The poison of academia.edu

All those working in academics or research have surely heard about academia.edu. It started out as a service for academics, in their own words:

Academia.edu is a platform for academics to share research papers. The company’s mission is to accelerate the world’s research.

But as with most of these platforms, they need to get money, and since some months now academia.edu is pressing users to pay into a premium account at the incredible rate of 8.25USD per month.

This is about he same you pay for Netflix, or some other streaming service. If you remain on the free side, what remains for you to do is SNS-like stuff, and uploading your papers so that academia.edu can make money from it.

What I am really surprised that they can pull this of at a .edu domain. The registry requirements state

For Institutions Within the United States. To obtain an Internet name in the .edu domain, your institution must be a postsecondary institution that is institutionally accredited by an agency on the U.S. Department of Education’s list of Nationally Recognized Accrediting Agencies (see recognized accrediting bodies).
Educause web site

Seeing what they are doing I think it is high time to request removal of the domain name.

So let us see what they are offering for their paid service:

  • Reader “The Readers feature tells you who is reading, downloading, and bookmarking your papers.”
  • Mentions “Get notified when you’re cited or mentioned, including in papers, books, drafts, theses, and syllabuses that Google Scholar can’t find.”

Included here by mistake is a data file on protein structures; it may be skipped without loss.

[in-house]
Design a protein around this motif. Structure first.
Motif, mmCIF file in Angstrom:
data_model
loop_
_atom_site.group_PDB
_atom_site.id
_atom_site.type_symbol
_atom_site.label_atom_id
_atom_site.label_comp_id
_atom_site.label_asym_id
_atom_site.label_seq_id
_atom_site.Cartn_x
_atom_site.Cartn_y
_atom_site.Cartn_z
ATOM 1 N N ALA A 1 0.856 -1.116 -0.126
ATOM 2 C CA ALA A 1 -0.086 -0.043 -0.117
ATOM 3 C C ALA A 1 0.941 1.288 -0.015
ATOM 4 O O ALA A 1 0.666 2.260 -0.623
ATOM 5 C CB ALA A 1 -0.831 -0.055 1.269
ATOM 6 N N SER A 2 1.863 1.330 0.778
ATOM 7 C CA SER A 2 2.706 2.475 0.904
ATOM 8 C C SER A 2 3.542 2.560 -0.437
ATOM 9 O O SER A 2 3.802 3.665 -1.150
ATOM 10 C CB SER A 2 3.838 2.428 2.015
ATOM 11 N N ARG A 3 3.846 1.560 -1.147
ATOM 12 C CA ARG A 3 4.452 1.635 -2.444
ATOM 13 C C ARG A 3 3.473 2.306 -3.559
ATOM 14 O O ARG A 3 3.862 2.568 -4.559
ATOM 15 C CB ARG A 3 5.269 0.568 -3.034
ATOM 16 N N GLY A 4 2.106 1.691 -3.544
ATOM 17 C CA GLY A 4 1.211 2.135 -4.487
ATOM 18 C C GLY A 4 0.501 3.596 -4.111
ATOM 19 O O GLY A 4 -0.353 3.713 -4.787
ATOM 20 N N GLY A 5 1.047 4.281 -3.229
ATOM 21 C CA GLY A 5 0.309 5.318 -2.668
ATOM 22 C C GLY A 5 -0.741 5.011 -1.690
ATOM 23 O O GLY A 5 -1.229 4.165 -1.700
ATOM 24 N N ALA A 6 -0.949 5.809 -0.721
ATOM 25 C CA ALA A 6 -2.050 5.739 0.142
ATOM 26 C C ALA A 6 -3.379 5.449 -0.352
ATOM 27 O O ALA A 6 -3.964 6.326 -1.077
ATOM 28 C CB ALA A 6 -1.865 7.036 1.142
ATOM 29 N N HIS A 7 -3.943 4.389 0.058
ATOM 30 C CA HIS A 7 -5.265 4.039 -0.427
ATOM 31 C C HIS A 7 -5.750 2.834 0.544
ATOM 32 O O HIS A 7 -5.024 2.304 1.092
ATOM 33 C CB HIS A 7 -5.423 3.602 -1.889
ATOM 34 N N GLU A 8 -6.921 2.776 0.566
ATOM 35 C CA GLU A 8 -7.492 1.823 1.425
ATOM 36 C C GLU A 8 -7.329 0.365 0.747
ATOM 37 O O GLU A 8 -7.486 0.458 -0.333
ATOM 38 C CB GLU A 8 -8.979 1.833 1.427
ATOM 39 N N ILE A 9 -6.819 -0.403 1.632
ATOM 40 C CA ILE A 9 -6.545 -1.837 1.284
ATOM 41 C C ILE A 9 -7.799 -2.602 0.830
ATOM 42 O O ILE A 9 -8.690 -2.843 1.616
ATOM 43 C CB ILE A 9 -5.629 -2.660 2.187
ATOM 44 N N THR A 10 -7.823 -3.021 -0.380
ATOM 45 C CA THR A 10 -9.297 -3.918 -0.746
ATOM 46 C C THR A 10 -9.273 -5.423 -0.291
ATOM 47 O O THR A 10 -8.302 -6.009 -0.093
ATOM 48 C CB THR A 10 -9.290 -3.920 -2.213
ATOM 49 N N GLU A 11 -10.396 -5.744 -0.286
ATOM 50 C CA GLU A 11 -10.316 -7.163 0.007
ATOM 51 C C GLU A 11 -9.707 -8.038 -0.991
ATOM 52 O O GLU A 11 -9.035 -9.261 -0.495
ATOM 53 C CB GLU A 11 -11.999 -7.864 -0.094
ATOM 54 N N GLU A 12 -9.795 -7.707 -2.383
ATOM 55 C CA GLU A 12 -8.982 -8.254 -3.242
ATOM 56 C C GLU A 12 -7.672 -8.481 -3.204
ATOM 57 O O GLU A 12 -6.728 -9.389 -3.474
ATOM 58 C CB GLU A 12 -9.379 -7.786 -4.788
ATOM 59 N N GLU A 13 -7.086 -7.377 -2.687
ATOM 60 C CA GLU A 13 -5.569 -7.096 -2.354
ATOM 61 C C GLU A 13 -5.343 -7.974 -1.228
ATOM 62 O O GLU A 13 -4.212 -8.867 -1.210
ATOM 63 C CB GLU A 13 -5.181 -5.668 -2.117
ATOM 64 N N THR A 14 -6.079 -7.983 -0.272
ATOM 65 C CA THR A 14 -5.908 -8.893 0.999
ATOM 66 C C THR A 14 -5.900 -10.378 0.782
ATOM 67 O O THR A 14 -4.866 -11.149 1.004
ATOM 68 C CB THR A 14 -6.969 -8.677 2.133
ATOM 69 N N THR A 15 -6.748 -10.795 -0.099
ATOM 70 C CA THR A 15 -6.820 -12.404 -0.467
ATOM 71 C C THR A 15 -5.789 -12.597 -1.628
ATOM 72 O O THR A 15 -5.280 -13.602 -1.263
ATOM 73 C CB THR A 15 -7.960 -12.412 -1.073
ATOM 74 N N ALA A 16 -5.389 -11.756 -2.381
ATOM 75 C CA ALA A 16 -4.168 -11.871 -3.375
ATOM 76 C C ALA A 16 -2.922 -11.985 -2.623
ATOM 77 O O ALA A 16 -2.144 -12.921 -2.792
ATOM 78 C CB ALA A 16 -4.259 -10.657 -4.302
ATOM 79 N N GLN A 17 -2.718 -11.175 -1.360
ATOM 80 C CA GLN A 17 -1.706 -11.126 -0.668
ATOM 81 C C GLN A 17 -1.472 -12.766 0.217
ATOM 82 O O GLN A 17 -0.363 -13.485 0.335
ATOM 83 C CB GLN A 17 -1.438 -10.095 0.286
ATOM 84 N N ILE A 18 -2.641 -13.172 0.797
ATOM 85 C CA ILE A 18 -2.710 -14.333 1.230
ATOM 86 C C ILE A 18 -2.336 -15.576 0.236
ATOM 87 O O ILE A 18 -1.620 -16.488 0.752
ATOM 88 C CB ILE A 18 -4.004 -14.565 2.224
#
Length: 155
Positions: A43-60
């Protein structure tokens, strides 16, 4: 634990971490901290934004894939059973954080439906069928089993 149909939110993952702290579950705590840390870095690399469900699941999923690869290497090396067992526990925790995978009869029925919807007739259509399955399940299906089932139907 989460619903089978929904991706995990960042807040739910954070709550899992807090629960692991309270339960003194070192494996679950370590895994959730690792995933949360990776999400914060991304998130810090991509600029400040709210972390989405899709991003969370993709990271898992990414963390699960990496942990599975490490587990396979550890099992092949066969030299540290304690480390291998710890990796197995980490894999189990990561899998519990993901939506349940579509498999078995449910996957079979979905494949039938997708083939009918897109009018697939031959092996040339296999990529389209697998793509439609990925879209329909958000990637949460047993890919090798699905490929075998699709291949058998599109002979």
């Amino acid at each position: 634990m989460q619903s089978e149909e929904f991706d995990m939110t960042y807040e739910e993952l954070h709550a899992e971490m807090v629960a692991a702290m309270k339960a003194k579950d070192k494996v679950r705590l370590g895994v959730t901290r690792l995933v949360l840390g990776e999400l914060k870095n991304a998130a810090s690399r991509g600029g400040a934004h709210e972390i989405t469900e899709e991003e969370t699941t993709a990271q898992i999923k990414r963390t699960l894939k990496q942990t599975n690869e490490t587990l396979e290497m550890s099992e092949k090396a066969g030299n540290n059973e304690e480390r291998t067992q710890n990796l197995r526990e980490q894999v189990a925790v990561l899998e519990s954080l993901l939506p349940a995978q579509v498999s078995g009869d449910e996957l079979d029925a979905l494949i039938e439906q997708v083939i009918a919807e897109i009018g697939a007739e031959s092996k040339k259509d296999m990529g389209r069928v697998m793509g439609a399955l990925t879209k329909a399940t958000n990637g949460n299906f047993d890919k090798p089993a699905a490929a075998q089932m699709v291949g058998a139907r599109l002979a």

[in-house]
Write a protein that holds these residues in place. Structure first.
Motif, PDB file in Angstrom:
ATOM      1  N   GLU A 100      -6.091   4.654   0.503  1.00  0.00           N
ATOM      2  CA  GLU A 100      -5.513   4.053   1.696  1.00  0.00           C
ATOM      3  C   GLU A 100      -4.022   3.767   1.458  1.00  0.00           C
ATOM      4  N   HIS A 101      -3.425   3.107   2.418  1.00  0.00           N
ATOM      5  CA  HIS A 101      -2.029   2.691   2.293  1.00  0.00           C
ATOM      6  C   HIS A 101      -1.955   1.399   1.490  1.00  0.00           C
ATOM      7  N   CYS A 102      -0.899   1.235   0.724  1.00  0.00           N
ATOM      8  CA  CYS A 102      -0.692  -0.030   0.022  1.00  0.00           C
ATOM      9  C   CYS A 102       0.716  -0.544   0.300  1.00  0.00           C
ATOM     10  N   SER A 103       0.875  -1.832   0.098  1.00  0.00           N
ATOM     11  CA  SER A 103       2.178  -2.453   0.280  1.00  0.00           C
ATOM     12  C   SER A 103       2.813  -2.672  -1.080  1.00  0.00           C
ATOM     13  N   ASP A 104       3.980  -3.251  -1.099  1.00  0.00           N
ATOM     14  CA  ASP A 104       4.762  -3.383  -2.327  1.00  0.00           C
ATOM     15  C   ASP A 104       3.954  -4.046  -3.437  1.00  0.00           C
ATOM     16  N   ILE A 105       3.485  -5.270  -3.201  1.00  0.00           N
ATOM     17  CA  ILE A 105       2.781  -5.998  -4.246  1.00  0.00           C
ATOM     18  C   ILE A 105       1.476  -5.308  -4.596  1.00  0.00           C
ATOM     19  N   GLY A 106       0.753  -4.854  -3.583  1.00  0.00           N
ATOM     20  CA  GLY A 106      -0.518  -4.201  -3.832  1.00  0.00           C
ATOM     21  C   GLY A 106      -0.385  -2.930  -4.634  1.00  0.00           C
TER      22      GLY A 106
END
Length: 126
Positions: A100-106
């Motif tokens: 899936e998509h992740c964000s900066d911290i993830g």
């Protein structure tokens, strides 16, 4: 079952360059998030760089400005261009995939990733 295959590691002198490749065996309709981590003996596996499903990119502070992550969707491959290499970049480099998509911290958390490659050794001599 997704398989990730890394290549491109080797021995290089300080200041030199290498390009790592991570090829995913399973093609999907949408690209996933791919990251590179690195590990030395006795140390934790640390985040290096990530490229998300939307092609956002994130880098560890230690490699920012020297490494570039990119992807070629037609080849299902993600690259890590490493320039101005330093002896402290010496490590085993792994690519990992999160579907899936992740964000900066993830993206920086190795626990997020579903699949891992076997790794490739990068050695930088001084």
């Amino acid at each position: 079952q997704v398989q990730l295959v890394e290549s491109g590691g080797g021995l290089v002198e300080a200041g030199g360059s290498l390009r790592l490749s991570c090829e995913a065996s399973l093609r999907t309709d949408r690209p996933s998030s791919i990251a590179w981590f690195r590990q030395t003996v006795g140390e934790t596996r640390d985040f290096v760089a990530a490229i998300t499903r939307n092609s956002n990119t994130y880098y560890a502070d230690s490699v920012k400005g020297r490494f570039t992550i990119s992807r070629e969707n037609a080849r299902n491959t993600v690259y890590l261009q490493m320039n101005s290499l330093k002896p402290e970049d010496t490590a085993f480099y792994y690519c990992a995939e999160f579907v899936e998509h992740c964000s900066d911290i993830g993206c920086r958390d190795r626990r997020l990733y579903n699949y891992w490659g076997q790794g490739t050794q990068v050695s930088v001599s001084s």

• Advanced Search “Search the full text and citations of over 18 million papers”
  • Analytics “Learn more about who visits your profile”
  • Homepage – automatically generated home page from the data you enter into the system

On the other hand, the free service is consisting of SNS elements where you can follow other researchers, see when they upload/input an event, and that is it more or less. They have lured a considerable amount of academics into this service, gathered lots of papers, and now they are showing their real face – money.

In contrast to LinkedIn, which also offers paid tier, but keeps the free tier reasonably usable, academia.edu has broken its promise to “accelerate the world’s research” and even worse, it is NOT a “platform for academics to share research papers”. They are collecting papers and sell access to them, like the publisher paywalls.

I consider this kind of service highly poisonous for the academic environment and researchers.

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